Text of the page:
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GotVMail gets open source

GotVMail is a virtual PBX seller that says it delivers “big company” telephone sound and functionality for a small company price. GotVMail used to run Windows and IBM’s Tivoli to manage the network that supports its phone system, but recently this young company moved to Dell servers running SUSE Linux and the Nagios open source monitoring package.

GotVMail claims to make small businesses look big from the outside because it gives business owners the ability to have incoming calls transferred seamlessly from one location to another, whether that’s to another office or a cell phone. GotVMail launched in June 2003 and has been on a steady growth curve since then. To manage that growth, it needed the ability to quickly and efficiently add network monitoring for new products and services and an increased customer base. CTO David Hauser says the company decided it was time for a change because it was increasingly difficult to get that need met with Tivoli on a Windows platform. “Whatever we wanted to monitor, each time IBM would come back and say sure, we can do it, but its gonna cost huge amounts of money and it will take three months.”

Hauser considered migrating to Hewlett-Packard’s OpenView, but that was before he discovered Nagios. He liked the fact that Nagios was open source; his staff could easily and quickly add modules and expand the capabilities of the network monitoring software without having to rely on an outside company. The only thing missing, Hauser says, was the secure feeling of a traditional support package. So GotVMail hired open source consultancy Groundwork to provide a helping hand throughout the migration, which began in late 2005 and was up and running by February 2006.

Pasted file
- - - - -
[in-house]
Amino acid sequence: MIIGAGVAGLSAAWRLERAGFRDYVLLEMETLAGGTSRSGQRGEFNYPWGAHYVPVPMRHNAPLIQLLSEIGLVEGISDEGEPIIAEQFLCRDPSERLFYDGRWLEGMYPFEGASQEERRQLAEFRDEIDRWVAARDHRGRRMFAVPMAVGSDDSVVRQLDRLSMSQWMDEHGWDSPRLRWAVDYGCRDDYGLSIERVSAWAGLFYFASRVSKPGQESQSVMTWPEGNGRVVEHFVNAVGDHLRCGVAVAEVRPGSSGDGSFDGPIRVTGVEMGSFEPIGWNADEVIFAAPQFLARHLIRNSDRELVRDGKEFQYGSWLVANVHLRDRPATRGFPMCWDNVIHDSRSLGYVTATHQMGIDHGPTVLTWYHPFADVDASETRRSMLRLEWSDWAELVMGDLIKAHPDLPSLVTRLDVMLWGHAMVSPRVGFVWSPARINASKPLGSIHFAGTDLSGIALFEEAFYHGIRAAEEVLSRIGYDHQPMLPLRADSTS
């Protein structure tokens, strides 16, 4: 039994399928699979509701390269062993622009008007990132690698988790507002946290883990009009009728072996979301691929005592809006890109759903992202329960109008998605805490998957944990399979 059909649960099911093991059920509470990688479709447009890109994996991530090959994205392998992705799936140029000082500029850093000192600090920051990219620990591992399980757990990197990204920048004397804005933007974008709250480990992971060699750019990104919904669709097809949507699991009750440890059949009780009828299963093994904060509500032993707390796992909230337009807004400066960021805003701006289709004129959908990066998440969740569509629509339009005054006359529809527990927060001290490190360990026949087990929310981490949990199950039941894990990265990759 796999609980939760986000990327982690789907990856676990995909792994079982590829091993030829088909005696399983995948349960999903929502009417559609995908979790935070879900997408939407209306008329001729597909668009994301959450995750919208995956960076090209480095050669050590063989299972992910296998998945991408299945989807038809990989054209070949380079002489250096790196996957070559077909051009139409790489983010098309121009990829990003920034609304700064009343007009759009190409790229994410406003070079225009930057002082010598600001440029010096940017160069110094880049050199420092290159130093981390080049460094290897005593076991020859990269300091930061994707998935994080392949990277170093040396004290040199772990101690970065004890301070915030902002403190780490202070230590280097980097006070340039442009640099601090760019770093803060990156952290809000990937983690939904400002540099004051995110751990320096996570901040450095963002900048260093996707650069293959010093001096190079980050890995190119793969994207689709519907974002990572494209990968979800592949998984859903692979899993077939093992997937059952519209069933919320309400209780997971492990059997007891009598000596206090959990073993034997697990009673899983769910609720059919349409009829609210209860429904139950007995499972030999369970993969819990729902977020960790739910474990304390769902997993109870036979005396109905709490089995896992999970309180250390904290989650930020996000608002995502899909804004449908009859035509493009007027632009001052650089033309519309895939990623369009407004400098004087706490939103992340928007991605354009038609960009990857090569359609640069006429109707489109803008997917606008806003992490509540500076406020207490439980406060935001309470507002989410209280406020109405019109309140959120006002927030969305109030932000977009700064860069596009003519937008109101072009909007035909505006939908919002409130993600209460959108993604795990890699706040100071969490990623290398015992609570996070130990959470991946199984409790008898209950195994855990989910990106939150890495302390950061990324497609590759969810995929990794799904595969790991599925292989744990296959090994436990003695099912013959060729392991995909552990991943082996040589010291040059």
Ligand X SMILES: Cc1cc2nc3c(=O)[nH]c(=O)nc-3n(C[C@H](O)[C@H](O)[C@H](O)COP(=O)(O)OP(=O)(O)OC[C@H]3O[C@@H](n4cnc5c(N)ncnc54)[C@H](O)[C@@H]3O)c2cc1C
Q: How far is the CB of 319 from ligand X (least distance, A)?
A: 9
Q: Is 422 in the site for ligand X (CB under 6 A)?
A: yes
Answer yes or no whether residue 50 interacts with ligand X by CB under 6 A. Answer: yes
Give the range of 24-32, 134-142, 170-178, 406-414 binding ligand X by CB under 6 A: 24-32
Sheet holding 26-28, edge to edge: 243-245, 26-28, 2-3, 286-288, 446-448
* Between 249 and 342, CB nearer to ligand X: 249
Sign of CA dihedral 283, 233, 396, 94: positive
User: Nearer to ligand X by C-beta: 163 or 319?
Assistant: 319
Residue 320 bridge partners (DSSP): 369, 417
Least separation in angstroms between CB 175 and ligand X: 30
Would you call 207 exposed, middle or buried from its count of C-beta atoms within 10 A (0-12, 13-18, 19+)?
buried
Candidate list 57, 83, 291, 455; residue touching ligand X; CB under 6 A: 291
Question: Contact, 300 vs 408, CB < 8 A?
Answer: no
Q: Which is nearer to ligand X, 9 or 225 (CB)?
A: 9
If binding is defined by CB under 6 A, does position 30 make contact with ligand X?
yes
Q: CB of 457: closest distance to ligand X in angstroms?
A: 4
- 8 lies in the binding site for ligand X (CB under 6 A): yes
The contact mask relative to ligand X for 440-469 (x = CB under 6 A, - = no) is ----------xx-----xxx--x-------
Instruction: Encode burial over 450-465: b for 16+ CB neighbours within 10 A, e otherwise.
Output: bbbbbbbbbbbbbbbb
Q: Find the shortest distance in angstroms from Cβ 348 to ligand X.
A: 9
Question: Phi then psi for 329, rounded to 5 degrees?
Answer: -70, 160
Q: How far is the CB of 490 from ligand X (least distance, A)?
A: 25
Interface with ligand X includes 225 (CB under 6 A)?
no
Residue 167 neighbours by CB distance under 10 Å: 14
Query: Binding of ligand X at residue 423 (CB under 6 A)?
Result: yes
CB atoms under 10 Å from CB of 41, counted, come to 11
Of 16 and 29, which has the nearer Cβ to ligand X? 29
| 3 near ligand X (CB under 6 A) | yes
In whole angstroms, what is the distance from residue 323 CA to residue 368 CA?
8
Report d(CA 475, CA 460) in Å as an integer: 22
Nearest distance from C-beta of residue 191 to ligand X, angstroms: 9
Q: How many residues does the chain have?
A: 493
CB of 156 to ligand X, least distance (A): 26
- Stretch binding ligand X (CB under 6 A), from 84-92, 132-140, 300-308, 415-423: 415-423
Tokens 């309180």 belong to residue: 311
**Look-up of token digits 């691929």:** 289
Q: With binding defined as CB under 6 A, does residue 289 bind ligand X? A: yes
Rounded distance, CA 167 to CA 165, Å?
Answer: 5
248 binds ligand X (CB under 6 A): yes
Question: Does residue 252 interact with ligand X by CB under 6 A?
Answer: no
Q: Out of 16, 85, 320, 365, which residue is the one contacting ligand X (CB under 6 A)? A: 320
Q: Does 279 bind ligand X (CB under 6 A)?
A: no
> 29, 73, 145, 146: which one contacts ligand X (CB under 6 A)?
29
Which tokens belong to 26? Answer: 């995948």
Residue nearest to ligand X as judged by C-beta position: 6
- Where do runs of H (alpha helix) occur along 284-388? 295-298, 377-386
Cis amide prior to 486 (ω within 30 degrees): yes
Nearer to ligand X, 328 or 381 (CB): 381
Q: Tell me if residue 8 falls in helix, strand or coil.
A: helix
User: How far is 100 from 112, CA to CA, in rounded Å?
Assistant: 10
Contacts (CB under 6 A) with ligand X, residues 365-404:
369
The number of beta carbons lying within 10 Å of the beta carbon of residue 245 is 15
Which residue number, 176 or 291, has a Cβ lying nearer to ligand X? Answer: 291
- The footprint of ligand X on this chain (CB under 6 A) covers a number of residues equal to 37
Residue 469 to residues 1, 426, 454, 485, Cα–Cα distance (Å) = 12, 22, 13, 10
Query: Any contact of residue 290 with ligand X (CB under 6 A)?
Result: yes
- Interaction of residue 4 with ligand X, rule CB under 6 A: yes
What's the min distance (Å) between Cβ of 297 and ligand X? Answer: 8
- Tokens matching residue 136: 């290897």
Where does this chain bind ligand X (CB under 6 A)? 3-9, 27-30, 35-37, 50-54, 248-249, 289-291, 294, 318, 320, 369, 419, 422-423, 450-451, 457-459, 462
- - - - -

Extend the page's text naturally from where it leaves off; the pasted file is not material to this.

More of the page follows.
“We set it up ourselves,” Hauser says, and “there were some challenges. Anytime you’re working with an open source product you run into documentation issues that you don’t with a commercial product. Most of those were overcome with Groundwork.” Hauser says Groundwork provided supplemental documentation that GotVMail may not have been able to locate on its own.

Hauser says the biggest benefit that open source software has brought to GotVMail is “the better monitoring we can accomplish, and the faster way in which we can do it.” He says the reduced licensing costs were not as big an issue as the ability to effective add new monitoring. “With Nagios, the standard language is Perl, or C, or C++, and we can create our own monitor in 15 or 20 minutes. Nagios has a huge library of pre-built monitors, so we don’t have to start from scratch unless its something custom or a brand new device [to monitor].”

Nagios just opened the door to open source for GotVMail. Hauser is also converting the company’s 40+ workstations from Microsoft Office to OpenOffice.org. For that migration, Hauser says the dramatic cost savings were a big factor leading to the switch. “It’s gone well so far,” he says. “There has been some interest from employees about using a different operating system, but the first step was moving to OpenOffice.org and seeing the impact on my staff in terms of support. We haven’t noticed much of a difference.”